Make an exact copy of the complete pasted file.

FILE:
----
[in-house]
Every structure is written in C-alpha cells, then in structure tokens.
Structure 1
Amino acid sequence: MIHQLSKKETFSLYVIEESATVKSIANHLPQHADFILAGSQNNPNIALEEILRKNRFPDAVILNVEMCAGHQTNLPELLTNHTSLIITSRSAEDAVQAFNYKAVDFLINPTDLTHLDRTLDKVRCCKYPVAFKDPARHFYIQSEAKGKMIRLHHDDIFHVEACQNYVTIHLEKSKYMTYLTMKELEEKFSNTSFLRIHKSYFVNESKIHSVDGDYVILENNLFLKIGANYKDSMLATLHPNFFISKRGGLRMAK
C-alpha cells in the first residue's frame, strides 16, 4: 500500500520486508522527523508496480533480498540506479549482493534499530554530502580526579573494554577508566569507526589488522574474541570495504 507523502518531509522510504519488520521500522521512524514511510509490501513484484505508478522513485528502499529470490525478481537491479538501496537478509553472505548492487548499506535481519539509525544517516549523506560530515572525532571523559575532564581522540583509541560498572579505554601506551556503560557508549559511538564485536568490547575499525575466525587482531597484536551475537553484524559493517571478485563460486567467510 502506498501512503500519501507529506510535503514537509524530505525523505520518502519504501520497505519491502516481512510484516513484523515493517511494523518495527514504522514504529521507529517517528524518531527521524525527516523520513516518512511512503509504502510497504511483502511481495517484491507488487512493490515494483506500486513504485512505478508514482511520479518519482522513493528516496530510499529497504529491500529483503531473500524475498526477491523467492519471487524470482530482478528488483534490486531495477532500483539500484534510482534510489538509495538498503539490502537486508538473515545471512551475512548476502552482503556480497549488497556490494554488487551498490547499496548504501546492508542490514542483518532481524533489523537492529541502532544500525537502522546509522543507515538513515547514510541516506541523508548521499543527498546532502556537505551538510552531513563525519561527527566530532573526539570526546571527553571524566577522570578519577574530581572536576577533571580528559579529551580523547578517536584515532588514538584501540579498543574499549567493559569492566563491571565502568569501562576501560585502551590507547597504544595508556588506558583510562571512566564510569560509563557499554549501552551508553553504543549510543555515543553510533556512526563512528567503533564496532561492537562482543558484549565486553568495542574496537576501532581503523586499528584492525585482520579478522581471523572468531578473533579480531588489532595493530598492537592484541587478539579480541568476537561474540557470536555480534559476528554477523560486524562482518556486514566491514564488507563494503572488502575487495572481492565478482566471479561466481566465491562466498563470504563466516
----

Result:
[in-house]
Every structure is written in C-alpha cells, then in structure tokens.
Structure 1
Amino acid sequence: MIHQLSKKETFSLYVIEESATVKSIANHLPQHADFILAGSQNNPNIALEEILRKNRFPDAVILNVEMCAGHQTNLPELLTNHTSLIITSRSAEDAVQAFNYKAVDFLINPTDLTHLDRTLDKVRCCKYPVAFKDPARHFYIQSEAKGKMIRLHHDDIFHVEACQNYVTIHLEKSKYMTYLTMKELEEKFSNTSFLRIHKSYFVNESKIHSVDGDYVILENNLFLKIGANYKDSMLATLHPNFFISKRGGLRMAK
C-alpha cells in the first residue's frame, strides 16, 4: 500500500520486508522527523508496480533480498540506479549482493534499530554530502580526579573494554577508566569507526589488522574474541570495504 507523502518531509522510504519488520521500522521512524514511510509490501513484484505508478522513485528502499529470490525478481537491479538501496537478509553472505548492487548499506535481519539509525544517516549523506560530515572525532571523559575532564581522540583509541560498572579505554601506551556503560557508549559511538564485536568490547575499525575466525587482531597484536551475537553484524559493517571478485563460486567467510 502506498501512503500519501507529506510535503514537509524530505525523505520518502519504501520497505519491502516481512510484516513484523515493517511494523518495527514504522514504529521507529517517528524518531527521524525527516523520513516518512511512503509504502510497504511483502511481495517484491507488487512493490515494483506500486513504485512505478508514482511520479518519482522513493528516496530510499529497504529491500529483503531473500524475498526477491523467492519471487524470482530482478528488483534490486531495477532500483539500484534510482534510489538509495538498503539490502537486508538473515545471512551475512548476502552482503556480497549488497556490494554488487551498490547499496548504501546492508542490514542483518532481524533489523537492529541502532544500525537502522546509522543507515538513515547514510541516506541523508548521499543527498546532502556537505551538510552531513563525519561527527566530532573526539570526546571527553571524566577522570578519577574530581572536576577533571580528559579529551580523547578517536584515532588514538584501540579498543574499549567493559569492566563491571565502568569501562576501560585502551590507547597504544595508556588506558583510562571512566564510569560509563557499554549501552551508553553504543549510543555515543553510533556512526563512528567503533564496532561492537562482543558484549565486553568495542574496537576501532581503523586499528584492525585482520579478522581471523572468531578473533579480531588489532595493530598492537592484541587478539579480541568476537561474540557470536555480534559476528554477523560486524562482518556486514566491514564488507563494503572488502575487495572481492565478482566471479561466481566465491562466498563470504563466516